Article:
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The Quest for Peace

The Quest for Peace

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The problem with clichés is that their banality allows us to ignore how true they are.

Take a cliché like “Ignorance is bliss.” How facile—and how true! Are you sick to your soul of all the ugliness and injustice in the world? Just close your eyes, and make believe it ain’t so. And when reality barges in your door and comes crashing down on your head, close your eyes tighter, imagine harder. If you sing loud enough to drown out the sounds of carnage in the next street or continent, you can experience peace (or at least participate in a ceremony celebrating the same).

The opening verse of this week’s Torah reading, Vayeishev (Genesis 37–40), speaks of Jacob’s desire to “settle down in tranquility.” Anyone following the Torah’s account of Jacob’s life until this point cannot but agree that, after 34 years of fleeing from Esau and slaving for Laban, Jacob deserves some peace and quiet. But the very next verse begins the story of how, as the Talmud puts it, “there pounced on him the trouble of Joseph”: the most beloved of Jacob’s sons is sold into slavery by his own brothers, and for 22 years Jacob grieves, thinking him dead; and then Jacob is compelled to spend the last years of his life far from home, in alien Egypt.

Why, indeed, was Jacob’s desire denied him? “When the righteous wish to settle in tranquility,” explain our sages, “G‑d says: Is it not enough for them what is prepared for them in the World to Come, that they also ask for a tranquil life in this world?”

But why not? Does G‑d have a limited quantity of tranquility to mete out? Why can’t we have the peace and perfection of the World to Come, and a few years of respite in this world as well?

The Lubavitcher Rebbe explains that the World to Come is a world of truth. And “truth” does not tolerate partial solutions. It is a world in which what happened yesterday and what will happen tomorrow cannot be divorced from what’s happening today, and what’s happening to your fellow man cannot be separated from what is happening to yourself. Peace in our still unperfected world, viewed from the perspective of the “World to Come,” is a lie.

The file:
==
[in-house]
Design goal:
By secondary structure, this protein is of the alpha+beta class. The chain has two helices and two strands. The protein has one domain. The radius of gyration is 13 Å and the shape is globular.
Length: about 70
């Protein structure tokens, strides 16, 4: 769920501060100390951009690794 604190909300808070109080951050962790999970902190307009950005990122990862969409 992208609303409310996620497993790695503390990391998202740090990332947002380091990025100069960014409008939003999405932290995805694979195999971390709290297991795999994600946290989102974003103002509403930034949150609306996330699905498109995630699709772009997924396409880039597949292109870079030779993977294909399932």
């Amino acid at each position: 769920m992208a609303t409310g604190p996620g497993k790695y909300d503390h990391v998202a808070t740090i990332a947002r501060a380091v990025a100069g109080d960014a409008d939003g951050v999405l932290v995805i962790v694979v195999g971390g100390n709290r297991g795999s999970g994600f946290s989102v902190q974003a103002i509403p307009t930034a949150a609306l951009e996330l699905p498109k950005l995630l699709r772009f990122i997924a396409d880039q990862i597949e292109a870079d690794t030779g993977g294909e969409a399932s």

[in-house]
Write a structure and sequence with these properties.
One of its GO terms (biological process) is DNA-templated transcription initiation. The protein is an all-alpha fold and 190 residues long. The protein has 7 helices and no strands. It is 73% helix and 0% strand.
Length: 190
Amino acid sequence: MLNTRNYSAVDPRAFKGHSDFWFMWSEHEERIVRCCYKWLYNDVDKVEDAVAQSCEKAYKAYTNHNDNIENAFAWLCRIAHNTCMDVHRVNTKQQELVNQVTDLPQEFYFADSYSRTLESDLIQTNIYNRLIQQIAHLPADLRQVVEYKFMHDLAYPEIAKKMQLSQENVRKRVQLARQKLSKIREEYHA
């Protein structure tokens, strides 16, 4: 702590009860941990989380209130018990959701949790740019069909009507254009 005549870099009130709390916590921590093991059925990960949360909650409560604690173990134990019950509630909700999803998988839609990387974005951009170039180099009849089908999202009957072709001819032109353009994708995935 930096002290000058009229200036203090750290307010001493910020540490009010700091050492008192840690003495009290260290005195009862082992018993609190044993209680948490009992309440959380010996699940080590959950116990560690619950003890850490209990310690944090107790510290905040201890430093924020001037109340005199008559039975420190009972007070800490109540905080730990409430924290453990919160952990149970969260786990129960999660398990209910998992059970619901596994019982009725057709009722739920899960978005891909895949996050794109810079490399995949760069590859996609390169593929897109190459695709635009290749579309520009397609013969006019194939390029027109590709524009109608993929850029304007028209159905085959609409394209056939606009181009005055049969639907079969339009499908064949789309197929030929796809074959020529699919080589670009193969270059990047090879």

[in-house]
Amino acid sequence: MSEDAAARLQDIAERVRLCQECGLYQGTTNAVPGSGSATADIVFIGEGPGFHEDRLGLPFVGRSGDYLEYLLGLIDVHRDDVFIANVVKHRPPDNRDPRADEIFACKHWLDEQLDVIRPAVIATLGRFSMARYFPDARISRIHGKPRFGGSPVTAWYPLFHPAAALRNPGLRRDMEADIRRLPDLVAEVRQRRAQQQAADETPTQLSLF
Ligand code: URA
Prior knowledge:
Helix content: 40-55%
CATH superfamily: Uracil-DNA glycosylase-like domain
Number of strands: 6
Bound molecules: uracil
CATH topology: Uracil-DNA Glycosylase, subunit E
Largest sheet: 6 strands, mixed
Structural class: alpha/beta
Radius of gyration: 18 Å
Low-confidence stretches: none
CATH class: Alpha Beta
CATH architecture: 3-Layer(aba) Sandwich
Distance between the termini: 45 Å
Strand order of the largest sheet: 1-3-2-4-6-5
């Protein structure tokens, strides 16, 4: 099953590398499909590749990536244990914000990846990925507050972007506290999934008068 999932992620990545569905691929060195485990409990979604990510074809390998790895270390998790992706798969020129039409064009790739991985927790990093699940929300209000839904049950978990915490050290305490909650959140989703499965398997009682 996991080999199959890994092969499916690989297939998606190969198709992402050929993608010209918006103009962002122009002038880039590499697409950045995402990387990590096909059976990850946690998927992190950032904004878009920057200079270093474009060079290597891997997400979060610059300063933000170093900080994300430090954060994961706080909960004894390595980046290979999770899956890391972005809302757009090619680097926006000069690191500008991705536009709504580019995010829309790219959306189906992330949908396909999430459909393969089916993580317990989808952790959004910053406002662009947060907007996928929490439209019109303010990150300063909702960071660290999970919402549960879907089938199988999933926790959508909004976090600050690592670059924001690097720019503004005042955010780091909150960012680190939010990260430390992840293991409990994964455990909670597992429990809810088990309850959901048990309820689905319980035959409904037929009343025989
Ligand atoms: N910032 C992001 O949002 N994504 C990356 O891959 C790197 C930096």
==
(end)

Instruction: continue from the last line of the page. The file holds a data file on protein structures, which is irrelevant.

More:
Many are content to live this lie: to forget what happened yesterday, avoid thinking about what will happen tomorrow, ignore the sadness in a neighbor’s eye, the poverty on the other side of town and the bombs in the other time zone.

But then there are the righteous: men and women who cannot relish their meal as long as someone, somewhere, remains hungry; who, if there is ignorance in the world, know their own wisdom to be deficient; who, if there is discord anywhere in G‑d’s creation, cannot be at peace with themselves.

Yes, you can have some peace in this world, and then experience the real thing in the World to Come—if you’re willing to let the World to Come come when it comes.

The righteous are not that patient. Their physical selves may be stuck in this world, but their minds and souls inhabit the World to Come. They refuse to close their eyes.

By Yanki Tauber; based on the teachings of the Rebbe.